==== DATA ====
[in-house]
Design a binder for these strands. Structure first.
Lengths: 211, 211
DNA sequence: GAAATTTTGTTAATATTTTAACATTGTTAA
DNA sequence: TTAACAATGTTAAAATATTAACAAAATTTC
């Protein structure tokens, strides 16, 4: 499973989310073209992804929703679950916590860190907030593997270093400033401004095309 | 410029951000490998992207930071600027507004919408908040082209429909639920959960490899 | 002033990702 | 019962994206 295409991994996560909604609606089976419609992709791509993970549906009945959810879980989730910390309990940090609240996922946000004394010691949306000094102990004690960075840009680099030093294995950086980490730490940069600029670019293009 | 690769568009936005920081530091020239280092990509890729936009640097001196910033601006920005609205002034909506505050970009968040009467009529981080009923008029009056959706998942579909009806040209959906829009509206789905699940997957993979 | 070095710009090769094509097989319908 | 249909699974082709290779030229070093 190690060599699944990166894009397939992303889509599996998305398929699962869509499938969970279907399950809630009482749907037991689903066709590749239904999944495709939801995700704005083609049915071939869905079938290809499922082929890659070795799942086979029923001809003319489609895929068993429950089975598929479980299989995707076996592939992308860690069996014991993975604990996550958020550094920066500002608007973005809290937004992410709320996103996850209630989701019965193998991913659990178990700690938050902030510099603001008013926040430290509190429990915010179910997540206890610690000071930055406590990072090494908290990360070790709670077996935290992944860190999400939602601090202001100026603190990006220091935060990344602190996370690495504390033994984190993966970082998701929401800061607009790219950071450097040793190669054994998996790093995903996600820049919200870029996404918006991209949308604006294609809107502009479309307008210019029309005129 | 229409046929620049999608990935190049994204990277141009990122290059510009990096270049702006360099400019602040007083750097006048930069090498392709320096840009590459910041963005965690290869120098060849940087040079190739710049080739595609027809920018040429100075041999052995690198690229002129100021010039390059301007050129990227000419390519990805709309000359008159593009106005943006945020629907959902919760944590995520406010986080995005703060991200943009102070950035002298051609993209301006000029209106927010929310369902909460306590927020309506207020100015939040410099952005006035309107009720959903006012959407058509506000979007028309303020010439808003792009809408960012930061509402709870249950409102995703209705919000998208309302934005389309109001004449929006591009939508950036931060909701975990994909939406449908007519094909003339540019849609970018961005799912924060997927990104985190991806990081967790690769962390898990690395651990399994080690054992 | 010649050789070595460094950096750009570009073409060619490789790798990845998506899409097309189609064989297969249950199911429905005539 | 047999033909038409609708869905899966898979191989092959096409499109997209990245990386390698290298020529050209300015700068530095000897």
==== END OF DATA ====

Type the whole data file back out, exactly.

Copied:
[in-house]
Design a binder for these strands. Structure first.
Lengths: 211, 211
DNA sequence: GAAATTTTGTTAATATTTTAACATTGTTAA
DNA sequence: TTAACAATGTTAAAATATTAACAAAATTTC
């Protein structure tokens, strides 16, 4: 499973989310073209992804929703679950916590860190907030593997270093400033401004095309 | 410029951000490998992207930071600027507004919408908040082209429909639920959960490899 | 002033990702 | 019962994206 295409991994996560909604609606089976419609992709791509993970549906009945959810879980989730910390309990940090609240996922946000004394010691949306000094102990004690960075840009680099030093294995950086980490730490940069600029670019293009 | 690769568009936005920081530091020239280092990509890729936009640097001196910033601006920005609205002034909506505050970009968040009467009529981080009923008029009056959706998942579909009806040209959906829009509206789905699940997957993979 | 070095710009090769094509097989319908 | 249909699974082709290779030229070093 190690060599699944990166894009397939992303889509599996998305398929699962869509499938969970279907399950809630009482749907037991689903066709590749239904999944495709939801995700704005083609049915071939869905079938290809499922082929890659070795799942086979029923001809003319489609895929068993429950089975598929479980299989995707076996592939992308860690069996014991993975604990996550958020550094920066500002608007973005809290937004992410709320996103996850209630989701019965193998991913659990178990700690938050902030510099603001008013926040430290509190429990915010179910997540206890610690000071930055406590990072090494908290990360070790709670077996935290992944860190999400939602601090202001100026603190990006220091935060990344602190996370690495504390033994984190993966970082998701929401800061607009790219950071450097040793190669054994998996790093995903996600820049919200870029996404918006991209949308604006294609809107502009479309307008210019029309005129 | 229409046929620049999608990935190049994204990277141009990122290059510009990096270049702006360099400019602040007083750097006048930069090498392709320096840009590459910041963005965690290869120098060849940087040079190739710049080739595609027809920018040429100075041999052995690198690229002129100021010039390059301007050129990227000419390519990805709309000359008159593009106005943006945020629907959902919760944590995520406010986080995005703060991200943009102070950035002298051609993209301006000029209106927010929310369902909460306590927020309506207020100015939040410099952005006035309107009720959903006012959407058509506000979007028309303020010439808003792009809408960012930061509402709870249950409102995703209705919000998208309302934005389309109001004449929006591009939508950036931060909701975990994909939406449908007519094909003339540019849609970018961005799912924060997927990104985190991806990081967790690769962390898990690395651990399994080690054992 | 010649050789070595460094950096750009570009073409060619490789790798990845998506899409097309189609064989297969249950199911429905005539 | 047999033909038409609708869905899966898979191989092959096409499109997209990245990386390698290298020529050209300015700068530095000897």